2. God and Lord are both biblical terms for God. Using them is clearly not inappropriate or unorthodox, nor does it constitute any kind of practical modalism.
  3. Gregory Nazianzen also used the term God to refer to God. Now, he defined what he meant by it, but does Letham assume to know what “most Western Christians” mean by it without their having had a chance to provide explication? Furthermore, does Scripture itself always—or even usually—mean Trinity when it uses God?

I have no doubt that many tend toward modalism, but with William Hordern2 I’m more inclined—based on my limited exposure to conservative evangelical Christianity—to think that the bigger problem is practical tritheism. We tend to emphasize the threeness of God and the fact that all three persons are God. We even speak in terms that sound tritheistic when we refer to God the Father, God the Son, and God the Holy Spirit, rather than “God the Father, Son, and Spirit.”3 The oneness of God is usually thought of in terms of all three persons’ sharing the same nature or set of divine attributes. But that kind of explanation yields something that differs little (if at all) from tritheism.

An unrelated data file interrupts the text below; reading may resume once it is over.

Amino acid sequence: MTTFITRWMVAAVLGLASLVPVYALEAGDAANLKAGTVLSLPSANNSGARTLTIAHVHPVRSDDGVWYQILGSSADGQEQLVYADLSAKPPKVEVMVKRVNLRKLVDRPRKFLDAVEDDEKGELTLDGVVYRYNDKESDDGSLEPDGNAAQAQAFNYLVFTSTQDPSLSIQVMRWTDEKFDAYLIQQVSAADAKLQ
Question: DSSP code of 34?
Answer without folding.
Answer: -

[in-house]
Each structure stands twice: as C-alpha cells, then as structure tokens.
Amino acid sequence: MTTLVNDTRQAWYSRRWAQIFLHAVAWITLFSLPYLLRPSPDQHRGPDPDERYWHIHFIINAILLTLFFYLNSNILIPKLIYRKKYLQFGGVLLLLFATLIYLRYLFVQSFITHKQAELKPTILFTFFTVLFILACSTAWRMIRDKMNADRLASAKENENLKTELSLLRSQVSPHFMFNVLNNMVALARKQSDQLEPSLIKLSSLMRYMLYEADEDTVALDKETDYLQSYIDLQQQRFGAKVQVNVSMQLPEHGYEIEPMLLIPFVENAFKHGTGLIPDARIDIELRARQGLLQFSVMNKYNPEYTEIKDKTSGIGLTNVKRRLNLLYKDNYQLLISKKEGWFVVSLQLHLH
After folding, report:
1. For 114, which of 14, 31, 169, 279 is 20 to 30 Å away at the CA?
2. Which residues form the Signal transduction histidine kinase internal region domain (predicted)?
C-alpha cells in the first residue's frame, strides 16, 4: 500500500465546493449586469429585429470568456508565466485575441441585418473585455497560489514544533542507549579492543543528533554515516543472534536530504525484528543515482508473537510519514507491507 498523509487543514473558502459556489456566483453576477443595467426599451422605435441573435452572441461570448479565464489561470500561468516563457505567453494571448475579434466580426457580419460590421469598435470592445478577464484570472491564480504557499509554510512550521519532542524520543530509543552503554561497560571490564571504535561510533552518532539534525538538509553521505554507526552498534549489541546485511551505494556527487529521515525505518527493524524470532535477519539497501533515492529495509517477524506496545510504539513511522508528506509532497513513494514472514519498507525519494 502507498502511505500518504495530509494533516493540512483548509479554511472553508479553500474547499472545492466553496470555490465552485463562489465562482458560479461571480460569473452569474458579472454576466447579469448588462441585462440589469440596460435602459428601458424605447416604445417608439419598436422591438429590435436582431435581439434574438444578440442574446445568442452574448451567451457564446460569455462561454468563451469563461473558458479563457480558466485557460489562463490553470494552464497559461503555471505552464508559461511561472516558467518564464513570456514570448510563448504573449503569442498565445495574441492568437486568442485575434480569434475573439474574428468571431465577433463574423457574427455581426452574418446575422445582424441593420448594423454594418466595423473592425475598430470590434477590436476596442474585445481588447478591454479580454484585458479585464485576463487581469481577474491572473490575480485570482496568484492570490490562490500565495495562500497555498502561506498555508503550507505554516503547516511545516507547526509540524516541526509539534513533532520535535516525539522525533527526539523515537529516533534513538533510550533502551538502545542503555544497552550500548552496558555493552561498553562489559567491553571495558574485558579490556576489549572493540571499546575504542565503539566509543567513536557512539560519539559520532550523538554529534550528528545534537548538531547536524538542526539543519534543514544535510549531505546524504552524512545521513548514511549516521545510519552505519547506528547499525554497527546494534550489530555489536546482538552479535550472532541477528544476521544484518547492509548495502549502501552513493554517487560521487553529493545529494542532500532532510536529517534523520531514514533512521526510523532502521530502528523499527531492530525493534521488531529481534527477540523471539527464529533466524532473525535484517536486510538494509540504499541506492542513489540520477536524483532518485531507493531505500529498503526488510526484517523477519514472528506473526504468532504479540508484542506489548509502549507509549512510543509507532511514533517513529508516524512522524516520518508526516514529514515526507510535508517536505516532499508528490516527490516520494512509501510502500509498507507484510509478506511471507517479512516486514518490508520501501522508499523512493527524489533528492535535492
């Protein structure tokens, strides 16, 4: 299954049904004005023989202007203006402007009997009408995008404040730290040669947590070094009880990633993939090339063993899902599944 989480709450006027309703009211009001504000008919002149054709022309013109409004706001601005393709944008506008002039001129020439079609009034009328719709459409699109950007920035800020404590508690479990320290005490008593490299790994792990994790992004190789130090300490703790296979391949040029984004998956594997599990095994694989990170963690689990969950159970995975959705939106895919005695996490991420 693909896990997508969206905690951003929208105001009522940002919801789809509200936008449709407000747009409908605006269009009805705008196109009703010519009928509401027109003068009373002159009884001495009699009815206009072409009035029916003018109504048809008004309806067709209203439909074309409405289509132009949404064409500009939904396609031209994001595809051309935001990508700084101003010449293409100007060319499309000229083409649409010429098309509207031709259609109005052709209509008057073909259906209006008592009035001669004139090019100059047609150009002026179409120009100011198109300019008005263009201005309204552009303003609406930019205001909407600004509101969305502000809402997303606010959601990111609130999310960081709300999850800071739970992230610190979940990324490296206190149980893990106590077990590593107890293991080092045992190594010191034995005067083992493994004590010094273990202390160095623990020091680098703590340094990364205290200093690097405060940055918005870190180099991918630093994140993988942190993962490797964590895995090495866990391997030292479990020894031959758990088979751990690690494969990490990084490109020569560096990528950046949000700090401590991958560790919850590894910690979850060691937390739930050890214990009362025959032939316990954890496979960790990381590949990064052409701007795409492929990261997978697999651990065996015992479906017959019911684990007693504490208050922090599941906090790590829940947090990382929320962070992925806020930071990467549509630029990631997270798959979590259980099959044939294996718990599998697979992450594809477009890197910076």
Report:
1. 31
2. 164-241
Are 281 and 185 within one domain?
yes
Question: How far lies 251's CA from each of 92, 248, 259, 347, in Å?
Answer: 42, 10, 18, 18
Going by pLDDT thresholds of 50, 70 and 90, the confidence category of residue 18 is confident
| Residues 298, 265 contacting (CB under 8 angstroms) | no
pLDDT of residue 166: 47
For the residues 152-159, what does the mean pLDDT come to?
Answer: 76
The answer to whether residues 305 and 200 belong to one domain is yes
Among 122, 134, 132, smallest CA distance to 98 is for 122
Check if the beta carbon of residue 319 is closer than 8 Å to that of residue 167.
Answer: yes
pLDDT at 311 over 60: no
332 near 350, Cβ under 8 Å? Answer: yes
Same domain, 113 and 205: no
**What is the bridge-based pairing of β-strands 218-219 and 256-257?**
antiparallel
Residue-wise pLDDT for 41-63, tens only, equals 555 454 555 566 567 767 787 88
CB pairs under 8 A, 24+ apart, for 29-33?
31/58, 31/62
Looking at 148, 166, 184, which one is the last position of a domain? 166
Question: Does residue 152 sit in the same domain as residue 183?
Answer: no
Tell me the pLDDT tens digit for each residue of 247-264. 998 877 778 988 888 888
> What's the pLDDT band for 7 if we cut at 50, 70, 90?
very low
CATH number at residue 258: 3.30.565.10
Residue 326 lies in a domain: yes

Avoiding modalism and tritheism is as challenging as steering clear of legalism and antinomianism. Errors in formulating a biblical doctrine of the Trinity stem from the desire to say too much. Perhaps Van Til’s approach is best. He leaves the tension unresolved and maintains the full mystery of the Trinity by arguing that God is both one person and three persons, though in different senses. Van Til is combating the notion that “God” is some kind of attribute that the three persons of the Trinity share in common. Frame’s defense of Van Til on this point is quite insightful.4 Van Til’s formulation helpfully preserves us from the tendency toward either modalism or tritheism. God is one and God is three, but in different senses (and thus not contradictorily). In precisely what ways He is one and three, we cannot and should not say.